Presentation on theme: "System of Environmental Economic Accounts SEEA The measurement framework for the environment and its interactions with the economy Peter Harper Chair UNCEEA."— Presentation transcript:
System of Environmental Economic Accounts SEEA The measurement framework for the environment and its interactions with the economy Peter Harper Chair UNCEEA Deputy Australian Statistician Australian Bureau of Statistics
What do we care about? … and do our targets reflect this? ‘What we measure affects what we do; and if our measurements are flawed, decisions may be distorted. Choices between promoting GDP and protecting the environment may be false choices once environmental degradation is appropriately included in our measurement of economic performance. So too, we often draw inferences about what are good policies by looking at what policies have promoted economic growth; but if our metrics of performance are flawed, so too may be the inferences that we draw.’ Stiglitz et al ‘A country could exhaust its mineral resources, cut down its forests, erode its soil, pollute its aquifers, and hunt its wildlife to extinction, but measured income would not be affected as these assets disappeared.’ Repetto et al `
Information Data users Audiences for information… Indicators and Accounts Data items SEEA Standard tables Supplementary tables Indicators Decision makers & wider public Managers and analysts Researchers Yes Analysis Research Advice Headline indicators Indicators on specific subjects or industries Is there an issue?
Information is vital …and it needs to be integrated The economy impacts on the environment and the environment impacts on the economy To understand these linkages we need to integrate environmental and economic information This is the explicit purpose of the SEEA framework
Problem: Information silos Data developed to answer one particular question or problem Difficult to figure out if all information is included Not always easy to see the whole picture, or how it relates to other things
Solution: Integrated information Help to make sense of the larger picture Help to identify pieces that are missing Can make connections to other statistics - especially economic statistics
Linking environmental and socio-economic data is essential for policymakers enables analysis of the impact of economic policies on the environment and vice versa provides a quantitative basis for policy design identifies the socio-economic drivers, pressures, impacts and responses affecting the environment supports greater precision for environmental regulations and resource management strategies provides indicators that express the relationships between the environment and the economy
Using a standard is very important… Organising information within the SEEA framework ensures – Consistency (with existing standards eg SNA) – Completeness (no gaps, or at least known gaps) – Comparability (across time and space) – Accountability (industry, governments, h/holds)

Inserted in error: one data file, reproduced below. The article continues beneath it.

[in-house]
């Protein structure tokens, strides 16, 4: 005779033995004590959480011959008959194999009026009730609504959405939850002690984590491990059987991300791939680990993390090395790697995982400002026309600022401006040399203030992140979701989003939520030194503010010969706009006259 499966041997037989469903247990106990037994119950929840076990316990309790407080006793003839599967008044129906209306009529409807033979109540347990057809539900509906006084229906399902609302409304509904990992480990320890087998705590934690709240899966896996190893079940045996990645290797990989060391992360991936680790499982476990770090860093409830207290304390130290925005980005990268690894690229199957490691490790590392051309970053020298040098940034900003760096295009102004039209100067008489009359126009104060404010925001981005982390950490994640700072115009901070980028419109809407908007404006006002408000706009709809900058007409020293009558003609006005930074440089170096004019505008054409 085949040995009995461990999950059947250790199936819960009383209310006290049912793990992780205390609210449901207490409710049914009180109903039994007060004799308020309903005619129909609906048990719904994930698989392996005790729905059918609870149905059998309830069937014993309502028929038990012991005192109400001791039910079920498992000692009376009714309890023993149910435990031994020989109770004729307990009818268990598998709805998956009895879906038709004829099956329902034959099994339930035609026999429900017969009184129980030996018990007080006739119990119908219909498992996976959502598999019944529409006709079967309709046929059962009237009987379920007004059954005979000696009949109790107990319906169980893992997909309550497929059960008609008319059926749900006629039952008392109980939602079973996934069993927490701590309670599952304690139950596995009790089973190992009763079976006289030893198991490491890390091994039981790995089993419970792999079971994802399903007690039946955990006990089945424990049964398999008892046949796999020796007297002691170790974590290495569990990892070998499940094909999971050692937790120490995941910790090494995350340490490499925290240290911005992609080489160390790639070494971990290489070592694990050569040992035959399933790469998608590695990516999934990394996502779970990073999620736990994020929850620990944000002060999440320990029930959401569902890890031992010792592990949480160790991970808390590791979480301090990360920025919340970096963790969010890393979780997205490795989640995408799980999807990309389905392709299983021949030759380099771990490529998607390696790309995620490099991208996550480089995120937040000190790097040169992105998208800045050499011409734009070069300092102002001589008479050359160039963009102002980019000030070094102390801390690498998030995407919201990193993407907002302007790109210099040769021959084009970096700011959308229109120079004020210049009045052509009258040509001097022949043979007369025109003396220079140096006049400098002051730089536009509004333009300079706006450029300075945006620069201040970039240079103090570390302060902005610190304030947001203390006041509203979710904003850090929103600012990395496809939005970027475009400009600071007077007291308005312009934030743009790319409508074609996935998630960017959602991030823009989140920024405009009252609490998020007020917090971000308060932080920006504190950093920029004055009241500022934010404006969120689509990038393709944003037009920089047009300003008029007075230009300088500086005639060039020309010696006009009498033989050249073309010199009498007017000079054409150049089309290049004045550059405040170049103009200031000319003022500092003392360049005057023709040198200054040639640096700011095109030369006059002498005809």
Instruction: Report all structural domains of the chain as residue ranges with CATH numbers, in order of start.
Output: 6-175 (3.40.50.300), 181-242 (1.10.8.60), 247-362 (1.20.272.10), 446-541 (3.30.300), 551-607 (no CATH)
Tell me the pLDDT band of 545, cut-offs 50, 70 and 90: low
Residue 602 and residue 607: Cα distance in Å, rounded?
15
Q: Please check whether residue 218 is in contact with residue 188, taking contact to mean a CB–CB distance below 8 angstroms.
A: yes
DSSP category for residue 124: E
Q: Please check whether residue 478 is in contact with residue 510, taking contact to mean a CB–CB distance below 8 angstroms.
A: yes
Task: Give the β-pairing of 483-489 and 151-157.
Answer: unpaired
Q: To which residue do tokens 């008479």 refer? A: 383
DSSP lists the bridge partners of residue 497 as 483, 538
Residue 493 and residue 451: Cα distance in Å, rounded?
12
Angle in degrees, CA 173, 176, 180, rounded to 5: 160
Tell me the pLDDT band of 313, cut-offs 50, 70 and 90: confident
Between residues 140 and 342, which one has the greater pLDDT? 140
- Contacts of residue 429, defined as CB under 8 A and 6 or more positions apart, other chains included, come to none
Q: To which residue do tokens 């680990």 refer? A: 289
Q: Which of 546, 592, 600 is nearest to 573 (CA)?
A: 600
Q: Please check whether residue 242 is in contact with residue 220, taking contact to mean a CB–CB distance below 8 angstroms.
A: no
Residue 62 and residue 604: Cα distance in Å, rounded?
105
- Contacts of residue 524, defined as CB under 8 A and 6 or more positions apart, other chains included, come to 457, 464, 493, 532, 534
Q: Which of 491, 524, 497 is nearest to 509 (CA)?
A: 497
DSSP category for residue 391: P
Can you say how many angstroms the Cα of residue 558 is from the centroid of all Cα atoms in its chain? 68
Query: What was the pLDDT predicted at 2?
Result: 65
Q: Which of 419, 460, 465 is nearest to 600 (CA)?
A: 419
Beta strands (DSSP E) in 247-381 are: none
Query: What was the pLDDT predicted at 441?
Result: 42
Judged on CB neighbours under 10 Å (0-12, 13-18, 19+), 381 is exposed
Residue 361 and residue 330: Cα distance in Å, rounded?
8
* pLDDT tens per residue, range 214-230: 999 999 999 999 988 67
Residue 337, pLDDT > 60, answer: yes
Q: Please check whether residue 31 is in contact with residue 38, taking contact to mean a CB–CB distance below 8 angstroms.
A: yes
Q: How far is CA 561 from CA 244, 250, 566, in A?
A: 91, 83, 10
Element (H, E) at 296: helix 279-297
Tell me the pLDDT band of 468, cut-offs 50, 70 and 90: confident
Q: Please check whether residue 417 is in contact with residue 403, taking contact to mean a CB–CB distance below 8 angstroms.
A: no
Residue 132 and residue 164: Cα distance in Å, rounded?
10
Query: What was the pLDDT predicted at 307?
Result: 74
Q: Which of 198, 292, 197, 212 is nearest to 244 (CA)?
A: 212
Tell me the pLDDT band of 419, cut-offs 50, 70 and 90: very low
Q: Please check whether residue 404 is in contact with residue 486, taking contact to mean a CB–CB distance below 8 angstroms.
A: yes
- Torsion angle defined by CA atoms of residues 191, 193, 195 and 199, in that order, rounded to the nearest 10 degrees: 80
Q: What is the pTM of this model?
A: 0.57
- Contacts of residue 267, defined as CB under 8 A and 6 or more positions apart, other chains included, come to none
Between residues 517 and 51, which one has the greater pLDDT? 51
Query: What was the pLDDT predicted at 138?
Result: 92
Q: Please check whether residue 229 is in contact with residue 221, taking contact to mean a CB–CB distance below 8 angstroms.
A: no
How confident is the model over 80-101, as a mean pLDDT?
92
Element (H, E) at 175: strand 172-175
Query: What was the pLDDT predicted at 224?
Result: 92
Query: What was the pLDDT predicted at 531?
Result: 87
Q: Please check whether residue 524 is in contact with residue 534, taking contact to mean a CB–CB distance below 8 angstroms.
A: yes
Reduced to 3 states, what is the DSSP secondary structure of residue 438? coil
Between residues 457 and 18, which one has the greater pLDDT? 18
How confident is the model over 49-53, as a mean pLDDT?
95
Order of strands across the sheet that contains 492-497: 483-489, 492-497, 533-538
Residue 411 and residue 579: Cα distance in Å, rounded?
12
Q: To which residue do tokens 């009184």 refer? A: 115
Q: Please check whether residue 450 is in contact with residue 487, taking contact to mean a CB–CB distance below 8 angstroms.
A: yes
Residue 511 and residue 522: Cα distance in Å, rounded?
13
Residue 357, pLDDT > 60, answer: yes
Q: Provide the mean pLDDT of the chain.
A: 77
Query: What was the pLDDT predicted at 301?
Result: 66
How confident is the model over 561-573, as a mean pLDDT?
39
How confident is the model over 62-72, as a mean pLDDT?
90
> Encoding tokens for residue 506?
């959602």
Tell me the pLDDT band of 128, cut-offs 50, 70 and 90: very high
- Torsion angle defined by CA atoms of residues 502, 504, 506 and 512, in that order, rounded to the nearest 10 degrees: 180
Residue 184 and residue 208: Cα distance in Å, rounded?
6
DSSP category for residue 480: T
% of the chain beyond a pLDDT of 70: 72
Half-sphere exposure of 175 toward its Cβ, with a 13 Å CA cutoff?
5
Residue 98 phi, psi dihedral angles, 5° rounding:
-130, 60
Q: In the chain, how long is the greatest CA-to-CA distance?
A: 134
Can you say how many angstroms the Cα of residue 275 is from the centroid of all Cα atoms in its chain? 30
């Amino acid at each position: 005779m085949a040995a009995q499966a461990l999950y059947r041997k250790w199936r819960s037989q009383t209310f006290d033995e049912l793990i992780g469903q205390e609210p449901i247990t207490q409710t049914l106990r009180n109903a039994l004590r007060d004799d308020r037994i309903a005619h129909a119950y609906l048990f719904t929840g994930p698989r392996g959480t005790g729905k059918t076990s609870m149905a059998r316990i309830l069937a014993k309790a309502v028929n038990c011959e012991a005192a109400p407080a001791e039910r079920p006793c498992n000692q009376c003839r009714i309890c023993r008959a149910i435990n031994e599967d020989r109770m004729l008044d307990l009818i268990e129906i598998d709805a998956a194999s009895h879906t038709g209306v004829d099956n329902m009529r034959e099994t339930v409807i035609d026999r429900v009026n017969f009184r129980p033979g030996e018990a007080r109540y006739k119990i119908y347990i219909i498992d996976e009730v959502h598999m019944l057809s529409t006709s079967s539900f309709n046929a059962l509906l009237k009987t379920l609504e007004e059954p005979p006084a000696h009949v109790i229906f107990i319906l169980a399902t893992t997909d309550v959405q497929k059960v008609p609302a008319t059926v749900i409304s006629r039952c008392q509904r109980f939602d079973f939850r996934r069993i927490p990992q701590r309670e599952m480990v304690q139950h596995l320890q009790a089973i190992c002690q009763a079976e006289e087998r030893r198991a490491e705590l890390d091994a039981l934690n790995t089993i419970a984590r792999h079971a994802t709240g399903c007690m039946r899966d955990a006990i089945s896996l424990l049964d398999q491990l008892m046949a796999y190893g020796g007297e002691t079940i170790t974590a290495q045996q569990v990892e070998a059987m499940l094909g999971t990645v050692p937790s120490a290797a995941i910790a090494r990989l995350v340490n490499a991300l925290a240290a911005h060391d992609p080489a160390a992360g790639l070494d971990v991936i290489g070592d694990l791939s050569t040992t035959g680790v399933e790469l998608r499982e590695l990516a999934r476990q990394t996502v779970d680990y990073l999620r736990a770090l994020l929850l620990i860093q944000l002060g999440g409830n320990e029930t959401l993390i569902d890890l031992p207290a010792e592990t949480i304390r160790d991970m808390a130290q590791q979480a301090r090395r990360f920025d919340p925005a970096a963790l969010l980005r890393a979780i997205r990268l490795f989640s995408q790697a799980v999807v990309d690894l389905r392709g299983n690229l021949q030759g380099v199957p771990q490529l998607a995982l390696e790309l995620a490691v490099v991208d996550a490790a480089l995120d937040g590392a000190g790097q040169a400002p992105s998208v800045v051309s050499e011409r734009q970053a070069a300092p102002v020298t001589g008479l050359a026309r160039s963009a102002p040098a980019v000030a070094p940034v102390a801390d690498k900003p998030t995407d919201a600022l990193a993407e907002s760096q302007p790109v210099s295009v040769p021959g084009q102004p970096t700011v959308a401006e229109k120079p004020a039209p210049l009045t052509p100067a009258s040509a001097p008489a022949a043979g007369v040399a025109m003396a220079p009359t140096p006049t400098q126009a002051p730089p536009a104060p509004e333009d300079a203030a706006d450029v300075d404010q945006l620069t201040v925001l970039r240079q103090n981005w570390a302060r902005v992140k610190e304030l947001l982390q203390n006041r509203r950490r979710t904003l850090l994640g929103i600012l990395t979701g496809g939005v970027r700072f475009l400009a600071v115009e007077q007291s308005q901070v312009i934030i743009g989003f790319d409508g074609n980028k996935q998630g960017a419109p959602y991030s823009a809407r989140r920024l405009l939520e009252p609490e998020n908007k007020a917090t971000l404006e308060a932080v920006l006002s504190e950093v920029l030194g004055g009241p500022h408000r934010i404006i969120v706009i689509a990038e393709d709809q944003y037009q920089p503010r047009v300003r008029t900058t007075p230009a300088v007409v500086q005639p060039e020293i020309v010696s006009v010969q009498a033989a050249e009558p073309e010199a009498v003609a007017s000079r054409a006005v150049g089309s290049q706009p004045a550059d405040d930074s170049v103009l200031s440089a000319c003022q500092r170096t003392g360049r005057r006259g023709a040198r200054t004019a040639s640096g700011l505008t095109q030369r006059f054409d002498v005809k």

The SEEA standard Developed by UNSD, NSOs, Eurostat, OECD, IMF, World Bank 1993Handbook – satellite to SNA 2003 Updated SEEA handbook – manual of best practices 2006 UNSC decided to elevate SEEA to an international standard 2012 SEEA – The Central Framework Chapter 1 – Introduction Chapter 2 – Accounting structure Chapter 3 – Physical supply and use Chapter 4 – Monetary transactions Chapter 5 – Asset accounts Chapter 6 – Sequence of accounts, aggregates and indicators 2013SEEA – Experimental Ecosystem Accounts 2013SEEA – Applications and Policy Uses Subsystems: SEEA-Water, SEEA-Energy, SEEA-Material flows (MFA), SEEA-Agriculture
The SEEA central framework incorporates four types of accounts. 1.Flow accounts: supply and use tables for products, natural resources, ecosystem inputs and residuals or wastes from economic activities. – physical (e.g. GL of water) and/or monetary values 2.Stock accounts for environmental assets: natural resources, land and ecosystems. – physical and/or monetary values 3.Activity / purpose accounts that explicitly identify environmental transactions already existing in the SNA. – e.g. Environmental Protection Expenditure (EPE) accounts 4.Environmentally adjusted accounts that adjust SNA economic accounts to reflect the impact of economic activity on the environment. – e.g. for environmental depletion and degradation
Ecosystem services Ecosystem services are “fundamental life-support services upon which human civilization depends”, and can be direct or indirect. Broad examples include: Regulating (climate, floods, nutrient balance, water filtration) Provisioning (food, medicine, fur, minerals) Cultural (science, spiritual, ceremonial, recreation, aesthetic) Supporting (nutrient cycling, photosynthesis, soil formation)
Take home messages… 1.Integrating environmental and economic information is vital for informed, sophisticated decision-making 2.SEEA is an internationally recognised standard explicitly designed for this purpose 3.SEEA is an accounting standard, not an ideology 4.SEEA enables a wide range of issues to be studied, including sustainability, well-being and green growth
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